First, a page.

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seems to attribute every moral and physical evil under which the world has groaned for the last century. Dr. Rennel's admiration of the ancients is so great, that he considers the works of Homer to be the region and depositary of natural law, and natural religion.” Now, if, by natural religion, is meant the will of God collected from his works, and the necessity man is under of obeying it; it is rather extraordinary that Homer should be so good a natural theologian, when the divinities he has painted are certainly a more drunken, quarrelsome, adulterous, intriguing, lascivious set of beings, than are to be met with in the most profligate court in Europe. There is, every now and then, some plain coarse morality in Homer; but the most bloody revenge, and the most savage cruelty in warfare, the ravishing of women, and the sale of men, &c. &c. &c., are circumstances which the old bard seems to relate as the ordinary events of his times, without ever dreaming that there could be much harm in them ; and if it be urged that Homer took his ideas of right and wrong from a barbarous age, that is just saying, in other words, that Homer had very imperfect ideas of natural law. Having exhausted all his powers of eulogium upon the times that are gone, Dr. Rennel indemnifies himself by the very novel practice of declaiming against the present age. It is an evil age —an adulterous age—an ignorant age—an apostate age—and a foppish age. Of the propriety of the last epithet, our readers may perhaps be more convinced, by calling to mind a class of fops not usually designated by that epithet—men clothed in profound black, with large canes, and strange amorphous hats—of big speech, and imperative presence—talkers about Plato—great affecters of senility —despisers of women, and all the graces of life—fierce foes to common sense—abusive of the living, and approving no one who has not been dead for at least a century. Such fops, as vain, and as shallow as their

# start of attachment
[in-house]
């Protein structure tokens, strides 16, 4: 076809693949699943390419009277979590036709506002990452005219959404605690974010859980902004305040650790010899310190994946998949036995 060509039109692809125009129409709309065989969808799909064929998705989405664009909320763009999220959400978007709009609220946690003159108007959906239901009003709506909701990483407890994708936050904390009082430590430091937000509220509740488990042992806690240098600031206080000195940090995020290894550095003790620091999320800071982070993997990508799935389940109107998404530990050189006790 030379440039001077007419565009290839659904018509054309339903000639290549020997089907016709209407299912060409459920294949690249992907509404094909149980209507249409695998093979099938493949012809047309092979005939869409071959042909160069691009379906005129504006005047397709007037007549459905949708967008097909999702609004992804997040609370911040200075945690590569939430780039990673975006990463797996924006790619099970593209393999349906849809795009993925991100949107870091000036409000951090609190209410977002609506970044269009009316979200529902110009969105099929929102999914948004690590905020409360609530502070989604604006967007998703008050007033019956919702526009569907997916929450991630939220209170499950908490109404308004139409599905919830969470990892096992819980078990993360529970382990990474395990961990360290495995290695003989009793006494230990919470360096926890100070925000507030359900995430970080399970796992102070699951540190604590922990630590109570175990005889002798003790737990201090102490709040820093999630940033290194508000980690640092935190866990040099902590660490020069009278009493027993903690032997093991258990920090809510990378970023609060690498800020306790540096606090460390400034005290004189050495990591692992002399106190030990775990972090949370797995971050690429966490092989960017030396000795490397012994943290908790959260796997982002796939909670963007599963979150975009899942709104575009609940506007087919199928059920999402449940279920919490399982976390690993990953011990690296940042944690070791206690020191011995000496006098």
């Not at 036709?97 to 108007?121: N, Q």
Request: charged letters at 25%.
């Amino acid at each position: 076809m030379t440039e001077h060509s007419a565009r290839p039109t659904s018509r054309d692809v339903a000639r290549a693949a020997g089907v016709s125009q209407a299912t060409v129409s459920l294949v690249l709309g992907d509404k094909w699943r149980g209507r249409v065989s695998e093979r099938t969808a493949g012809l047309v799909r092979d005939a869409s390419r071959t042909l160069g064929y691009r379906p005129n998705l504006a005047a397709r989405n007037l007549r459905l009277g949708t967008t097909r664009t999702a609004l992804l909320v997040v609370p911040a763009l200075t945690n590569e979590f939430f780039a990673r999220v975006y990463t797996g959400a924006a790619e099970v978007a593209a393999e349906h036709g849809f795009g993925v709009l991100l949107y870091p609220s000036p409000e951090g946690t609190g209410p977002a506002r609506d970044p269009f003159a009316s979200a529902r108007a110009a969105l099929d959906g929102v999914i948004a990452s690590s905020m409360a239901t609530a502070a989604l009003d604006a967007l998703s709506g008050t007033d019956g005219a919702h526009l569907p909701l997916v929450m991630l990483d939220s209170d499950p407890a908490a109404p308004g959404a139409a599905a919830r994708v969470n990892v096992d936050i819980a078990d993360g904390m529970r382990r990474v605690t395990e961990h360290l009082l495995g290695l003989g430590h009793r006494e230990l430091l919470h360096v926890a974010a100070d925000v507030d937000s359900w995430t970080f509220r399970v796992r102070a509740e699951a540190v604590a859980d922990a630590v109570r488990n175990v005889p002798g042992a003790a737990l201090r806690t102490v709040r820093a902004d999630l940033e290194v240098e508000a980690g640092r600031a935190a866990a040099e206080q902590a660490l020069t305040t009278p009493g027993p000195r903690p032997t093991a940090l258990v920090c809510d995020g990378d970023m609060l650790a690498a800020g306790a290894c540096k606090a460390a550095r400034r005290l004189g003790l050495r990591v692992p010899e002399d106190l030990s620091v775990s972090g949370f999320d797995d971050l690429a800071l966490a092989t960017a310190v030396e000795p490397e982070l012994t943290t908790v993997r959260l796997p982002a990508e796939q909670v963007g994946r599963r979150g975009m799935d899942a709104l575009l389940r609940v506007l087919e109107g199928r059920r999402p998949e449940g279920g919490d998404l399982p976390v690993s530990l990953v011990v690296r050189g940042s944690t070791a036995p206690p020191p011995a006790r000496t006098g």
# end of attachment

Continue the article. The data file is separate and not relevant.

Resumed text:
* Page 318. WOL. I. C
fraternity in Bond Street, differ from these only as Gorgonius differed from Rufillus. In the ninth Discourse (p. 226.), we read of St. Paul, that he had “an heroic zeal, directed, rather than bounded, by the nicest discretion—a conscious and | commanding dignity, softened by the meekest and most profound humility.’ This is intended for a fine piece of writing; but it is without meaning : for, if words have any limits, it is a contradiction in terms to say of the same person, at the same time, that he is nicely discreet, and heroically zealous; or that he is profoundly humble, and imperatively dignified: and if Dr. Rennel means, that St. Paul displayed these qualities at different times, then could not any one of them direct or soften the other. Sermons are so seldom examined with any considerable degree of critical vigilance, that we are apt to discover in them sometimes a great laxity of assertion; such as the following: — ‘Labour to be undergone, afflictions to be borne, contradictions to be endured, danger to be braved, interest to be despised in the best and most flourishing ages of the church, are the per